This line of argument doesn't hold because most commercial code chases pointers and is constantly loading data structures. On average a commercial application stalls every 100 instructions for a variety of reasons such as TLB miss, I cache miss, Level 2 cache miss etc. When a thread stalls it is usually delayed for many cycles, an Icache miss for instance is 23 cycles. So even though a thread is running at 1.2GHz it usually spends 70% of its time stalled. This is why major processor manufacturers create ever deeper out-of-order pipelines in an effort to avoid this stall.

All this stalling is perfect for CMT. The hardware automatically switches out a thread when it stalls and shares its cycles amongst the other 3 threads on the pipeline masking the stall. With this technique we can utilize the pipeline 75% - 80 of the time provided there are enough threads to absorb the stall

4. Most Commercial applications have little or no floating point instructions.

As part of the UltraSPARC T1 rollout we introduced a tool called http://cooltools.sunsource.net/cooltst/index.html that gives an indication of the percentage of floating point in a current deployment environment. In reviewing the output from many hundreds of customer cooltst runs we rarely see a large floating point indication.

"Most" commercial application developers would rather not deal with floating point as it is more difficult to program. There are of course exceptions in the commercial space such as SAS and portions of the SAP stack. One big exception is Wall Street with such applications as Monte Carlo.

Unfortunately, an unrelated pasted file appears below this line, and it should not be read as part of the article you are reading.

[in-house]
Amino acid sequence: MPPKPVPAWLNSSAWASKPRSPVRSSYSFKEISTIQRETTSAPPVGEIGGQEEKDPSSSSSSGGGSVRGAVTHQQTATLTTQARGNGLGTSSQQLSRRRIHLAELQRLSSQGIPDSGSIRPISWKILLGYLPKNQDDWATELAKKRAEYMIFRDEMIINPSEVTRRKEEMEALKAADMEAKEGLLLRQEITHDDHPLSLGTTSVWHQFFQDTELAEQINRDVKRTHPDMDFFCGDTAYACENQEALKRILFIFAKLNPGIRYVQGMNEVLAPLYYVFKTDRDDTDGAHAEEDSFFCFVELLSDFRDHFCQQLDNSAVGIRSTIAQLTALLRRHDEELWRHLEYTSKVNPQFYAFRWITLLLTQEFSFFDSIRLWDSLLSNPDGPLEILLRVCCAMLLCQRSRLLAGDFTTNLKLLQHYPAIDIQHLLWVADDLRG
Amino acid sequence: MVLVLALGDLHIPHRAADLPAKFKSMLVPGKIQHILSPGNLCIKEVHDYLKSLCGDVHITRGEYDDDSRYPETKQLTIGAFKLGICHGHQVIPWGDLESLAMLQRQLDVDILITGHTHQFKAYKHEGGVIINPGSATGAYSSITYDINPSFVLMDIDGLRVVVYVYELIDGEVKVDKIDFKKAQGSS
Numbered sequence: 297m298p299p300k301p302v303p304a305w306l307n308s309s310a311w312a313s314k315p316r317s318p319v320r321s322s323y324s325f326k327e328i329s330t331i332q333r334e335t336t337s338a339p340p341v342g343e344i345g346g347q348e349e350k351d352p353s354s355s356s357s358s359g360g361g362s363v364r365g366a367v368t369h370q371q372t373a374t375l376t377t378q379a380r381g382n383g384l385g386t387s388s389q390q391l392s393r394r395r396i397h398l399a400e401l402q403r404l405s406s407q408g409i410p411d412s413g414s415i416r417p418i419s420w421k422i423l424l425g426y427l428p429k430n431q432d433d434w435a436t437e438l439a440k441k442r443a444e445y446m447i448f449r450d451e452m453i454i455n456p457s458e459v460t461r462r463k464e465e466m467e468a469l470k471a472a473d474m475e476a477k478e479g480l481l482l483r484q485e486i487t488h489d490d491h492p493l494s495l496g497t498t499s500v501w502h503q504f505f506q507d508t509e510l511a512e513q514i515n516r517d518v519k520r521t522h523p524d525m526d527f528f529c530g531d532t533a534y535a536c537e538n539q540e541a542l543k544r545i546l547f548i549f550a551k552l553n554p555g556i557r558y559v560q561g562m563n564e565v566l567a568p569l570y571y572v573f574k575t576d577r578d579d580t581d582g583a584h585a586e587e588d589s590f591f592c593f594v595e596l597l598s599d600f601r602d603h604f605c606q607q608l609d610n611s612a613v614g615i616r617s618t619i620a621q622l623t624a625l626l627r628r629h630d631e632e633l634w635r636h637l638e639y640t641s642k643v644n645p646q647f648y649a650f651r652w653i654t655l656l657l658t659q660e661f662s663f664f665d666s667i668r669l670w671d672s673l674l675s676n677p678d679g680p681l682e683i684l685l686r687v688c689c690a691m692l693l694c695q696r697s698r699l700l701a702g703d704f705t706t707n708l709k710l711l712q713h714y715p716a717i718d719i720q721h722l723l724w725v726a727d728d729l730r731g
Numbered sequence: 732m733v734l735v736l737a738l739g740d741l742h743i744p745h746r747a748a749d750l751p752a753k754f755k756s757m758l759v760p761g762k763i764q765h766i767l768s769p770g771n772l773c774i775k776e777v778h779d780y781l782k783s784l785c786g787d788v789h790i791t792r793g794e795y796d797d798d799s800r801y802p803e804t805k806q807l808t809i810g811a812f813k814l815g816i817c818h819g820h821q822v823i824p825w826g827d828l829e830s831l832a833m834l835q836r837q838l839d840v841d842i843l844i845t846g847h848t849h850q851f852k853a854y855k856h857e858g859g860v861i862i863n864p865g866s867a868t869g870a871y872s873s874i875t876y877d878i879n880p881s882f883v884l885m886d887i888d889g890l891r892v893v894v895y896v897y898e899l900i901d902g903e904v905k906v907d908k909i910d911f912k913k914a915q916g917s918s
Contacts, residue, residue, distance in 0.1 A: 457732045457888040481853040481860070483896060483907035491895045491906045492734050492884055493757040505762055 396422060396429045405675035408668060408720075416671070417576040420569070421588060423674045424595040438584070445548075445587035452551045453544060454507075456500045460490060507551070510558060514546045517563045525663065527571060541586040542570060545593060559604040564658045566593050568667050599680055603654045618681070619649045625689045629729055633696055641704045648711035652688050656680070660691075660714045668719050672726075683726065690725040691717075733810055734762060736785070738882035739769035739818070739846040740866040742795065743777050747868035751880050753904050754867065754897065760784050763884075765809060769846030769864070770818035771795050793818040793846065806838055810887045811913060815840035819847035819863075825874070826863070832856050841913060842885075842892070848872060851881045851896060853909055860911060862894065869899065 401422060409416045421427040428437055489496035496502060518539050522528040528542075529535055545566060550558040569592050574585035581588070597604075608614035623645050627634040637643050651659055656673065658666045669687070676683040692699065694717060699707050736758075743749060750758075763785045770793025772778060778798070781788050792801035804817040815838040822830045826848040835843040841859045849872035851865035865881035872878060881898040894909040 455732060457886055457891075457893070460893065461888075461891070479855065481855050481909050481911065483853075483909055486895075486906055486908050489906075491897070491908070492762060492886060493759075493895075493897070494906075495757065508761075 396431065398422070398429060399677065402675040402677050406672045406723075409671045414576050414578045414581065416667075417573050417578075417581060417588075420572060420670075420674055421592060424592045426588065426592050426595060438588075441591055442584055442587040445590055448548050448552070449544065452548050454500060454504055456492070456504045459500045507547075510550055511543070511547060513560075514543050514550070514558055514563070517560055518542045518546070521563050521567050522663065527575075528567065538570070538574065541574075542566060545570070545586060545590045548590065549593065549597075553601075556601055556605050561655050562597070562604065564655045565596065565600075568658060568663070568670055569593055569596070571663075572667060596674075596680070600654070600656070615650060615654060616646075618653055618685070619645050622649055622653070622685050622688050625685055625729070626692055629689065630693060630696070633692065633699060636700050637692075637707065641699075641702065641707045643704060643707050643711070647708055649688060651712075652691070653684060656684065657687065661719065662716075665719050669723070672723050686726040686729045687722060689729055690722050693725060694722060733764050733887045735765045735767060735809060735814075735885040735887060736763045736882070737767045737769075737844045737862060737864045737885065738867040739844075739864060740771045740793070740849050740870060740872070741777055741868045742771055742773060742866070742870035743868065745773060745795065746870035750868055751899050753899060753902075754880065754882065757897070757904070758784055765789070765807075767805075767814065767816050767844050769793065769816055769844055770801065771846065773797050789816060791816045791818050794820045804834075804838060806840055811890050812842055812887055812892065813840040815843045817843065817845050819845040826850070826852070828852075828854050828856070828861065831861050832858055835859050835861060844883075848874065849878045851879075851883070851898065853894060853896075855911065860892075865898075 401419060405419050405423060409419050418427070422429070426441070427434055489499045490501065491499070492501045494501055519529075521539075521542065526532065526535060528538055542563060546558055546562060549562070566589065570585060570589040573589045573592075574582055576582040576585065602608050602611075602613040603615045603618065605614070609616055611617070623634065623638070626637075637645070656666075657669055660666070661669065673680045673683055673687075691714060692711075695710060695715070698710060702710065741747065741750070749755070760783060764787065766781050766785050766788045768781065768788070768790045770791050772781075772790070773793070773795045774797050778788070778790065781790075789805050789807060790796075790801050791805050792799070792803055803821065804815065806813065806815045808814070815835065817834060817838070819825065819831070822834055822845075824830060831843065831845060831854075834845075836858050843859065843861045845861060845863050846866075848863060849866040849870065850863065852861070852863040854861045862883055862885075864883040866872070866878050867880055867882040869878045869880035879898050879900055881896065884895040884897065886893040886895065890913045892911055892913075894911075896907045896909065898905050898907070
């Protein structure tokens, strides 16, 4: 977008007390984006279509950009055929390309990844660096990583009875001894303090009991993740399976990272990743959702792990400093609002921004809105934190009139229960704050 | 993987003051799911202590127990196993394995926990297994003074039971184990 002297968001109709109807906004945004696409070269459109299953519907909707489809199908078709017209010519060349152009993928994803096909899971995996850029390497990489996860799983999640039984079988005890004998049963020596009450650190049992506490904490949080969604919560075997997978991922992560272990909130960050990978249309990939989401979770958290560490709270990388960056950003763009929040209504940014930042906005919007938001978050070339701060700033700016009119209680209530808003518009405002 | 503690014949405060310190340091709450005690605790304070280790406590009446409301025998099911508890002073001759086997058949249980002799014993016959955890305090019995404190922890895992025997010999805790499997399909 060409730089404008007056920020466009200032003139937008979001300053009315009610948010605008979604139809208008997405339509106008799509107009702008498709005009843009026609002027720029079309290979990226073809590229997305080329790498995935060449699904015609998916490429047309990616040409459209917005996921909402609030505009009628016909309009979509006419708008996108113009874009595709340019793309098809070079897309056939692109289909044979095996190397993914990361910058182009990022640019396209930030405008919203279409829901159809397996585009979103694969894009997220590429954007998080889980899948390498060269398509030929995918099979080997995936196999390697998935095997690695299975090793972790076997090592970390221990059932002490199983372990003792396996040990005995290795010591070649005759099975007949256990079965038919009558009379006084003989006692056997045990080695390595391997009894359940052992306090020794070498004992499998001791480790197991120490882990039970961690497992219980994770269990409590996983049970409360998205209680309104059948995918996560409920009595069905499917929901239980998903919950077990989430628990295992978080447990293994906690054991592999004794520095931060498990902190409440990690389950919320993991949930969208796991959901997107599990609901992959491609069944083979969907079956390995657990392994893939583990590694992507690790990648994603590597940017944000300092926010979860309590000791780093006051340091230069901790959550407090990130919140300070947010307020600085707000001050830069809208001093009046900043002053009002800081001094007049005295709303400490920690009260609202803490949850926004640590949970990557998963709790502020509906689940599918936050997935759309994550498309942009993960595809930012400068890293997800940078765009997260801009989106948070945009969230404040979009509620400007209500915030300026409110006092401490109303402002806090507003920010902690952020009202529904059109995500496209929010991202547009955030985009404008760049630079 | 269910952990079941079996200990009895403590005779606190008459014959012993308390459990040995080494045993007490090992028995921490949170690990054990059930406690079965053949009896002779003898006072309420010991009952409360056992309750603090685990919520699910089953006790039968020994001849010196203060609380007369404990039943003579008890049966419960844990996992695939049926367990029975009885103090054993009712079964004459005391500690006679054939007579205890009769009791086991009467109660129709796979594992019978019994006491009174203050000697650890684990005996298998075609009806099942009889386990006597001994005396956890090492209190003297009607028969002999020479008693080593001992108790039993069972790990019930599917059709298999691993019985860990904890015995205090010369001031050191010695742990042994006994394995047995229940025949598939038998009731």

In UltraSPARC T2 we added a fully pipelined floating point unit per core shared by 8 threads. These FP units can deliver over 11 Giga Flops of Floating Point performance per second. So the Floating Point issue has been completely eliminated in T2.

5. One of the biggest gains in Java apps is moving to 1.5 or 1.6 JVM

Many Java applications today are running on JVM 1.4.2. The last build of this version was created in Dec 2003 and it has now officially entered the Sun EOL transition period described at

One of the best ways to improve throughput performance of a Java Application on CMT servers is to upgrade the JVM to at least the latest 1.5 JVM or preferably 1.6. These versions of JVM have a host of new features and performance optimizations many targeted specifically at CMT. I have seen 15% - 30% increase in performance of Java applications wen migrated from 1.42 to 1.6

The issue complicated slightly by older versions of ISV software that are only supported on 1.4.2. Again we encourage customers to migrate to the newer version of the ISV stack.

6. There are a set of Applications where CMT really shines

We have worked with over 200 customers in the last 2 years and the following list covers a large portion of the applications where CMT showed excellent performance.


  • Sunone
  • Apache

J2SE Appservers.

  • BEA Weblogic
  • IBM Websphere
  • Glassfish (formerly SunOne Appserver)

Database Servers.

  • Oracle including RAC
  • DB2
  • Sybase
  • mySQL

Mail Servers.

  • Sendmail
  • Domino
  • Brightmail including Spamguard

Java Throughput Applications

Traditional Appservers.

  • Siebel
  • Peoplesoft

Net Backup

JES Stack

  • Directory, Portal, Access Manager